Photo: Yariv Katz
The victory of Egypt’s ruling party and the independent candidates who belong to it, by a fantastic 95% majority, takes the Middle East years back. In the wake of the departure of the man perceived to be a menacing sheriff – President George W. Bush, who demanded democracy in our region – and in the face of a weak president like Barack Obama, leaders in our neighborhood are no longer scared of the United States or the West.
The brutality is back, and along with it the arrests, abuse of the opposition, and the secret police.
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After the Syrian president won the elections two years ago by a phenomenal 97.5% majority, and the Tunisian president won by an 89.9% majority a year ago, the implication is that the old regimes and their imaginary legitimacy are back. The fear that overwhelmed these regimes after seeing the downfall of their colleague, Saddam Hussein, has evaporated. Democracy, even for appearances’ sake, evaporated along with it.
Four years ago, some people argued that the Palestinian Authority is also showing buds of democracy. However, elections for the Ramallah parliament were supposed to be held almost a year ago and presidential elections were due almost two years ago – yet nothing happened. The brief “democracy” under Israel’s auspices evaporated, along with the legitimacy of the Salam Fayyad government and of President Mahmoud Abbas, whose term in office expired a long time ago.
Democratization in the Arab world was forced and short-lived, despised and detached from the region’s heritage and religious traditions. It was democratization that feared a fateful outcome: Turning into chaos like in Iraq or into an Islamic state like in Gaza.
In Iran we saw a spark on the streets about a year and a half ago. However, President Obama, who sanctifies the status quo, allowed this spark to die off without offering any support. That was a clear signal to the regimes, including the Iranian one - Obama is on their side and won’t prompt their downfall.
Good news for Israel
The return of the Arab regimes’ brutality is a negative and regrettable process, yet it holds positive implications for Israel because the opponents of these regimes are much more hostile to Israel and are affiliated with radical Islam and the far Left. In the wake of democracy’s demise, stability had been restored in Arab states and the regimes there regained their pride.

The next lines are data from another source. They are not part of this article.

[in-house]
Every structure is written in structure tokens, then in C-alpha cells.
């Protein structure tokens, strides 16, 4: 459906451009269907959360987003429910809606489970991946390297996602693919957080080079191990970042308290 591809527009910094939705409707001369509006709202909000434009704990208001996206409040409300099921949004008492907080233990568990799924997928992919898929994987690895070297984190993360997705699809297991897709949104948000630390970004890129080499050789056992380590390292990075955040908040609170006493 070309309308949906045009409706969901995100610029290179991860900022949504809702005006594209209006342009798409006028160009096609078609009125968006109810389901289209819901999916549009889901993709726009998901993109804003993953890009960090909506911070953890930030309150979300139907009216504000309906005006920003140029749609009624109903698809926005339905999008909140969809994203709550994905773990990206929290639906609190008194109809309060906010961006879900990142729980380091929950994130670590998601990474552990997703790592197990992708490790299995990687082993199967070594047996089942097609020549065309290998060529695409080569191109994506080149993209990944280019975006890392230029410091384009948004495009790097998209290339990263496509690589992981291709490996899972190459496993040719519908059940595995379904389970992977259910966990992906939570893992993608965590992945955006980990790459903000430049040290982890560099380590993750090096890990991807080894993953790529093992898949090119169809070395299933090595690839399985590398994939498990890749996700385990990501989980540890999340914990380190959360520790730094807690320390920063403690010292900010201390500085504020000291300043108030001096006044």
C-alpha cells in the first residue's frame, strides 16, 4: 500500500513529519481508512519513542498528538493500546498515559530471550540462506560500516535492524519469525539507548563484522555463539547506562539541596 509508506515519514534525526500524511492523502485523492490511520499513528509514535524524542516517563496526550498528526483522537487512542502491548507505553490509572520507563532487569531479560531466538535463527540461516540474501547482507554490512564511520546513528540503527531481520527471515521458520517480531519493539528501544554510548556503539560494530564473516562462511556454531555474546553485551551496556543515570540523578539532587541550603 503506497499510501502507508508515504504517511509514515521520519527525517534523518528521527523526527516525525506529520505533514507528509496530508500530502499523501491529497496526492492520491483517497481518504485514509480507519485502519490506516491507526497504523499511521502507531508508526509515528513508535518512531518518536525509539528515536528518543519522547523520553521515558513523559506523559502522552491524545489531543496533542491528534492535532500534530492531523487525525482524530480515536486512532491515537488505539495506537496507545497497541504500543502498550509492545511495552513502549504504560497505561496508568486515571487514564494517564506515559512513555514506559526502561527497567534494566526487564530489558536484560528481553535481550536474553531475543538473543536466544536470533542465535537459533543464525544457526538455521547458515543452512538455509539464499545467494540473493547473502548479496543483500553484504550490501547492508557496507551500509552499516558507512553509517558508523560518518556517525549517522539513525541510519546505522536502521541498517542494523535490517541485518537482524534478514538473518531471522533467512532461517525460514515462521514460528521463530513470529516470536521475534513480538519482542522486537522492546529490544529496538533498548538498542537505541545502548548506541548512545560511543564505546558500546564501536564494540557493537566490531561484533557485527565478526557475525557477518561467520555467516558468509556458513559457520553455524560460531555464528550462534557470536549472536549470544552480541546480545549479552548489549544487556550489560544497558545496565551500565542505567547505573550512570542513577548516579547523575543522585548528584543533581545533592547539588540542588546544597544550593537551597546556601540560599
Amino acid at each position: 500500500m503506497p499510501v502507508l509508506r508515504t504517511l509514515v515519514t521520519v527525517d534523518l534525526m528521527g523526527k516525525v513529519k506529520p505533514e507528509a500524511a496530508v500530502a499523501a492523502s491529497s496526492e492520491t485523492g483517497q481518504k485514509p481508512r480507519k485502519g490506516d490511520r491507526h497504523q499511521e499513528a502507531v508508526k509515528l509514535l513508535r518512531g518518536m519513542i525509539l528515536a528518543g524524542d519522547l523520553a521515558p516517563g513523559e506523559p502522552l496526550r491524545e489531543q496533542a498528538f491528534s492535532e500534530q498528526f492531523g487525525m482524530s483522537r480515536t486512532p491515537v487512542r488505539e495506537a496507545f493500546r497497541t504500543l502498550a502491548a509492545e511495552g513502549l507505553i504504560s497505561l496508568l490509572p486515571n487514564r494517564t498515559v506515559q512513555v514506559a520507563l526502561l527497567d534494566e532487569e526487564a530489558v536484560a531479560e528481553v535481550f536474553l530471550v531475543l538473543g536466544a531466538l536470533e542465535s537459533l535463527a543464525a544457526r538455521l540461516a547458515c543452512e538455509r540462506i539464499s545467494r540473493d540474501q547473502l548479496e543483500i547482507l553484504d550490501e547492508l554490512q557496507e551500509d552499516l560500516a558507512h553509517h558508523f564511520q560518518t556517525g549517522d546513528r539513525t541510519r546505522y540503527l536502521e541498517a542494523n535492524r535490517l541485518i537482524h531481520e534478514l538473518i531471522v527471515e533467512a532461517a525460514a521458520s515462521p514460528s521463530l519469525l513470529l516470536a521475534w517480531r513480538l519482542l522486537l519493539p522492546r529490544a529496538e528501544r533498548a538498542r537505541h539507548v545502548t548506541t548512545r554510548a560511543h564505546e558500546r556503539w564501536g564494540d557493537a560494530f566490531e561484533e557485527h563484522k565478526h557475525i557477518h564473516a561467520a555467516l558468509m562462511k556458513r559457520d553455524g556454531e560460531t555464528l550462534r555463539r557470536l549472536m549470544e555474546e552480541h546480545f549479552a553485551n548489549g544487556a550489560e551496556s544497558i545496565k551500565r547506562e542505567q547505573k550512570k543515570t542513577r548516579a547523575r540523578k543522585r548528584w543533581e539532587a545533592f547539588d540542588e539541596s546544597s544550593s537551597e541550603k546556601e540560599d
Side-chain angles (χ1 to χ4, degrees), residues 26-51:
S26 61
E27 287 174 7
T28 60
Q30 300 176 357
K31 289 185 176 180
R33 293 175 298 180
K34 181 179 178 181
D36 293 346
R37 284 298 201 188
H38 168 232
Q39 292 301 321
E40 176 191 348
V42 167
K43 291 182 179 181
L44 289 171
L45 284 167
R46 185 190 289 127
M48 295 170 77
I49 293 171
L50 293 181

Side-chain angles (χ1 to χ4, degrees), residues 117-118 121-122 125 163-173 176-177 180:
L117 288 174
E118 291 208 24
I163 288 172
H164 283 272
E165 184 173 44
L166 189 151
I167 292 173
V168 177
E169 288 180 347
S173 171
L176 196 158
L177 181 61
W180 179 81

Political Islam, which rose under the forced democratization, had been curbed again. In Egypt, not even one representatives belonging to the Muslim Brotherhood was elected. The Palestinian parliament is dominated by Hamas, which won the 2006 elections, but is not convened at all. Some of its members are in prison.
This is the case with the other Arab regimes: With brutality’s return, political Islam was pushed to a less threatening spot than the one it occupied in the past decades, with social stability seemingly restored as well.
Israel must not interfere in these domestic processes in neighboring states. If such states want democracy, they will go ahead with it. And if not, then just let them be. I still remember how during talks on elections in the territories Israel attempted to force democracy upon the Palestinians, and demanded that Yasser Arafat not be the sole presidential candidate. This is not our role, and we’re not supposed to show any interest in what the Arabs choose. It’s their fate, not ours.
At the same time, Israel is benefiting from the return of stable regimes. Everyone fears the Shiites and political Islam, and almost everyone maintains good ties with Israel, even if clandestinely.
The distant West may regret to see democracy evaporating in the Arab world, yet those who seek stability, responsibility, and quiet understandings in the Middle East can find encouragement in the return of the past, and in the 95% defeat suffered by President Mubarak’s rivals.
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